What To Feed A Molting Budgie
To encourage the growth of strong feathers and smooth skin, food for molting budgies must focus on specific nutrients. Even during molting, a balanced diet is essential.
A seed-only diet isn’t a good option during molting because budgies need to consume a range of foods, most notably a selection of fruits and vegetables.
If your budgie has special dietary requirements due to an existing health concern, discuss what to feed during molting with an avian vet.
Protein (Amino Acids)
As discussed, budgie feathers are constructed from keratin. The feathers account for over a quarter of all the proteins in a budgie’s body. Naturally, this makes protein one of the most critical nutrients.
The colder the climate that a budgie lives in, or the more energetic it tends to be, the more protein a budgie will need. The easiest way to offer a budgie protein is through pellets, but if a budgie isn’t used to them or finds them dull, it may reject them.
Some foods can increase a budgie’s protein intake, including:
- Leafy greens, such as spinach and kale
- Hard-boiled eggs
- Walnuts, pine nuts, cashews, or almonds
If you prefer to use supplementation and adhere to an existing diet for your budgie, look for these nine core amino acids that make up the building blocks of protein:
A budgie’s body won’t create amino acids organically, so they must be obtained through food.
You may see differences in a budgie’s droppings if you increase its protein intake. Any protein not converted into energy will be passed as uric acid, leading to looser stools.
If this doesn’t become diarrhea and there are no signs of distress, it’s not a significant concern.
Calcium is the most vital nutrient for a molting budgie. As per Veterinary Clinics of North America: Exotic Animal Practice, calcium provides strength and support to budgies’ bones and feathers.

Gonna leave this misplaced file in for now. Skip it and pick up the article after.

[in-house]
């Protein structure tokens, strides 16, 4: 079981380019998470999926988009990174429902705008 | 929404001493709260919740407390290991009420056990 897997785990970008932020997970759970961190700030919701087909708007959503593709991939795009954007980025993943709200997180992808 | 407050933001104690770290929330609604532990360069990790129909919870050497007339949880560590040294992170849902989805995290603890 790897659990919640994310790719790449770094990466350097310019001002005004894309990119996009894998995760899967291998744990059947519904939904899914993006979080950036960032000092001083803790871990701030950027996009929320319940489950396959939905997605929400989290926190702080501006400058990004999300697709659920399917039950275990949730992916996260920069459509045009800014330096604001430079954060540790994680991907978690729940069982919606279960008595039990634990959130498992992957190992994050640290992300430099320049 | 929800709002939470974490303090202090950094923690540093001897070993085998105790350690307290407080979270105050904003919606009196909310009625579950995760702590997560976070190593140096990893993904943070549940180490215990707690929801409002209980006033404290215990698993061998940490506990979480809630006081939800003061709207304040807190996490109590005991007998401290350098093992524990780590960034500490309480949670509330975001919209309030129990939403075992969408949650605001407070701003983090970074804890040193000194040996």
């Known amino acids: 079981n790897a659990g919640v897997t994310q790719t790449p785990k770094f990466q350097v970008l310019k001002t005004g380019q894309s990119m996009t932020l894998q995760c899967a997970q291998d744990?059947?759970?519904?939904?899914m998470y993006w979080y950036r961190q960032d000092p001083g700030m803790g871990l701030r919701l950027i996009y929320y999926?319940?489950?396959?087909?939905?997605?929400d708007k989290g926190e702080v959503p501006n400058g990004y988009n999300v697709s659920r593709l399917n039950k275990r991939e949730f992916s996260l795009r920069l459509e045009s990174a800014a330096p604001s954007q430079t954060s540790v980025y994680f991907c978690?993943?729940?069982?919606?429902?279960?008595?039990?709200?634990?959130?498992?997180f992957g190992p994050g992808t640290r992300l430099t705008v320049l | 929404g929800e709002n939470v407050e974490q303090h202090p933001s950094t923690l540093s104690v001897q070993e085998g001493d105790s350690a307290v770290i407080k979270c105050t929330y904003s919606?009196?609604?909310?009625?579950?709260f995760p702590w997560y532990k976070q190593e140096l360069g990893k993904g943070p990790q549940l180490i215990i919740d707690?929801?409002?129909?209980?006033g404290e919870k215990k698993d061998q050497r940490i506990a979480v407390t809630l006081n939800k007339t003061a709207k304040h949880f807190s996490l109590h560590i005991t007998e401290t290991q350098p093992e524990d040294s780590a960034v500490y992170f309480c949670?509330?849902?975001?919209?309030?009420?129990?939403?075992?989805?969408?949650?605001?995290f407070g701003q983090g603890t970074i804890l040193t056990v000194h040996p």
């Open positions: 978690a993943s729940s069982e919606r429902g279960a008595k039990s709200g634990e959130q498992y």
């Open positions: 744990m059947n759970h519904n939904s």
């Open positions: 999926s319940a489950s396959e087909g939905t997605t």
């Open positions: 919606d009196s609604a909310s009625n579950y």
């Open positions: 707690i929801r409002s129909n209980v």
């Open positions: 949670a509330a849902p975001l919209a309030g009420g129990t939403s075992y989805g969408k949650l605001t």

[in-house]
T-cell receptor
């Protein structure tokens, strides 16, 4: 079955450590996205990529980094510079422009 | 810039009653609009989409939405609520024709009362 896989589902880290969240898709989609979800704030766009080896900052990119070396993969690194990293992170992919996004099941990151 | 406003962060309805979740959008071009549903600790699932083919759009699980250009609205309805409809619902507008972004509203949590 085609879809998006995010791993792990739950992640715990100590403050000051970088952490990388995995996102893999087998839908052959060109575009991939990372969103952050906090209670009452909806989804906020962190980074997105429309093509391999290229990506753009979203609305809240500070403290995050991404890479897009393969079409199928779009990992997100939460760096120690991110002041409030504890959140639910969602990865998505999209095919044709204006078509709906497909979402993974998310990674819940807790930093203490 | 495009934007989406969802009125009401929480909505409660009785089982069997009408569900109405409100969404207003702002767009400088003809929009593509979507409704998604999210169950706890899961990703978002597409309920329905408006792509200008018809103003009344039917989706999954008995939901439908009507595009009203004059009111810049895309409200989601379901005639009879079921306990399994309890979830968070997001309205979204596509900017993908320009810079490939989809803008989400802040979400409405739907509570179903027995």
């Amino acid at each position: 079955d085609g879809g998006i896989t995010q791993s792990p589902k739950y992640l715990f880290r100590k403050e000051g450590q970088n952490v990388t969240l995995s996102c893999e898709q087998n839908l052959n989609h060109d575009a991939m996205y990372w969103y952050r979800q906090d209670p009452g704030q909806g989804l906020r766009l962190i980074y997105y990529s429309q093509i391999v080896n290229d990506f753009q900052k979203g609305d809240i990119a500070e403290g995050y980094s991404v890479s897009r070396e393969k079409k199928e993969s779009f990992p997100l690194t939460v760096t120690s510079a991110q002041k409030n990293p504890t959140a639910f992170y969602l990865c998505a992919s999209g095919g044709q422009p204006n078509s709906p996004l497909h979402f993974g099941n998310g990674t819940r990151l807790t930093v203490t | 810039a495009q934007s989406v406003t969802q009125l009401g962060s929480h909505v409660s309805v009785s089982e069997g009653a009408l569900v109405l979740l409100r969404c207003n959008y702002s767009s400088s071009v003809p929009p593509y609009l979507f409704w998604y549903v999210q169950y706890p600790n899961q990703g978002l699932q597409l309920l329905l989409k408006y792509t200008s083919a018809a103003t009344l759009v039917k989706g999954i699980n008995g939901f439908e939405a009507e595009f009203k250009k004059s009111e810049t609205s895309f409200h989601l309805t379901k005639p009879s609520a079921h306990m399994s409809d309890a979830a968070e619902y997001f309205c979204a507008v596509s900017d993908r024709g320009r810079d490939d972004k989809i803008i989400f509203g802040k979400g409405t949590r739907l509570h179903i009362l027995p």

Captive budgies can be prone to calcium deficiency, so your bird may already be getting calcium supplements. Applying cuttlebone to a cage will provide the calcium a budgie needs.
Budgies’ pin feathers need calcium to grow and flourish. If your budgie isn’t getting enough calcium from its food, or it’s not being efficiently absorbed, the pin feathers will draw on reserves in the bones.
Budgies have hollow bones, and if calcium reserves are depleted, their bones will grow brittle.
While dairy products are high in calcium, mot budgies are lactose intolerant and shouldn’t be offered milk or cheese. Instead, focus on leafy greens like spinach, chard, kale, or even lettuce.
The advantages of a budgie consuming magnesium include promoting brain and digestive health. Clinical Biochemistry of Domestic Animals describes it as an essential dietary element.
Magnesium works in tandem with calcium. When a budgie consumes magnesium-rich foods, the chemical directs calcium directly into the bones. Without magnesium, there’s a risk that calcium is lost in the soft tissue and fails to perform its function.
Wild budgies obtain magnesium from soil and plants, which is unlikely to be part of a captive budgie’s diet. However, leafy greens contain ample magnesium.
Iron can relieve the discomfort caused by the growth of pin feathers during molting.
Foods high in iron bolster blood flow around the body, and the more blood reaches the pin feathers, the faster they grow.